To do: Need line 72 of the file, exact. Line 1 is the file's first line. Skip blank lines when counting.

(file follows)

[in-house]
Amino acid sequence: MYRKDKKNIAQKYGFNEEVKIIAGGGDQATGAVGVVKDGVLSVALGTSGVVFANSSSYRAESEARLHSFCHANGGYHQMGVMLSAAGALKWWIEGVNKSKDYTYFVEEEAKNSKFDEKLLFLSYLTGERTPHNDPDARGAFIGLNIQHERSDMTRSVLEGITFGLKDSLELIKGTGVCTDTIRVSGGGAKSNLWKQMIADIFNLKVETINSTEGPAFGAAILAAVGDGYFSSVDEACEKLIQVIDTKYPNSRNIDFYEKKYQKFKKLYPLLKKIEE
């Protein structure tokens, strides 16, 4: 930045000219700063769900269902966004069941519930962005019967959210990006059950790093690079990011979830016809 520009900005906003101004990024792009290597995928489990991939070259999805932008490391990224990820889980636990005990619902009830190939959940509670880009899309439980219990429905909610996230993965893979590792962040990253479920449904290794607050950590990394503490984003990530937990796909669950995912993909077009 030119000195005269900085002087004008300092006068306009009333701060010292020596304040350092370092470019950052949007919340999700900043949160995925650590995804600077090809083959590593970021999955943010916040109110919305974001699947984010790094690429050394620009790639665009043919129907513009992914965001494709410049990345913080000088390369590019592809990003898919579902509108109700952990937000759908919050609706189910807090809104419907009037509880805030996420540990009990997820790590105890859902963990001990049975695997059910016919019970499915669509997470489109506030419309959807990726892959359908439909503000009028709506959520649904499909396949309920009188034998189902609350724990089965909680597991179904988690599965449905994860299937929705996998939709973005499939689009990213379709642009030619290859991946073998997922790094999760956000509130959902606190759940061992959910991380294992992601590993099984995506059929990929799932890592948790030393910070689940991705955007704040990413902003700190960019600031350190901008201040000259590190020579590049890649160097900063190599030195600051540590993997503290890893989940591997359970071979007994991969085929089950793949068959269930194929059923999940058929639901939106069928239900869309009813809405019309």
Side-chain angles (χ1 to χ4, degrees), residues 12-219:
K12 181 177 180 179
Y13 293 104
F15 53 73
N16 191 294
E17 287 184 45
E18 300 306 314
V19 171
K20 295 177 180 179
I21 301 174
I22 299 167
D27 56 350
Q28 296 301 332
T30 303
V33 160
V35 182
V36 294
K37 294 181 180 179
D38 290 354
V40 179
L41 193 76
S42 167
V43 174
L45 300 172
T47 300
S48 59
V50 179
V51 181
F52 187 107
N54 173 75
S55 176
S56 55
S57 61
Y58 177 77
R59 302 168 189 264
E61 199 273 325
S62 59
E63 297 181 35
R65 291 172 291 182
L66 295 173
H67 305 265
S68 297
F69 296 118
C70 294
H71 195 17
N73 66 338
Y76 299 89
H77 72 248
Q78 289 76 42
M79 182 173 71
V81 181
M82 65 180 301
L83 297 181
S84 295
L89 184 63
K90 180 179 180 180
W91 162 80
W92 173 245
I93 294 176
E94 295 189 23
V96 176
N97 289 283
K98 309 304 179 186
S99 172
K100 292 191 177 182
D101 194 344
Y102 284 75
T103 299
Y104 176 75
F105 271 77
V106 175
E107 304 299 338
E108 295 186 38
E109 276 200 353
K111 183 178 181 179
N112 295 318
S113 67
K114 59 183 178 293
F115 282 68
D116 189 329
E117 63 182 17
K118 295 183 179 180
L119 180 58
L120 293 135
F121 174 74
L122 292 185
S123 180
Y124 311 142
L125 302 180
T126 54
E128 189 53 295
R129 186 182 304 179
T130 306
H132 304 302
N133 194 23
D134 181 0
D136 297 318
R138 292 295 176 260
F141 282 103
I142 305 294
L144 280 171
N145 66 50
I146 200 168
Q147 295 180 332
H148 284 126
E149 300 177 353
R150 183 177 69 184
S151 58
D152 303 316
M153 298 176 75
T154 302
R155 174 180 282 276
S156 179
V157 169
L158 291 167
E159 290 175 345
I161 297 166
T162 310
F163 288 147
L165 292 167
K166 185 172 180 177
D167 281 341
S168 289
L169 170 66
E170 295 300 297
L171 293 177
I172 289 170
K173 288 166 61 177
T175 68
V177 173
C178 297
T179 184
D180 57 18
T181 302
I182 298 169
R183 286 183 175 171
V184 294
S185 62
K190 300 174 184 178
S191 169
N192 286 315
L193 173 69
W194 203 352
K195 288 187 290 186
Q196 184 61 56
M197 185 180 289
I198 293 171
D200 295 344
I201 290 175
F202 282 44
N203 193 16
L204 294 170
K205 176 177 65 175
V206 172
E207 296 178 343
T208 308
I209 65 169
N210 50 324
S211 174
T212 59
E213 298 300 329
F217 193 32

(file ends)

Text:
Y104 176 75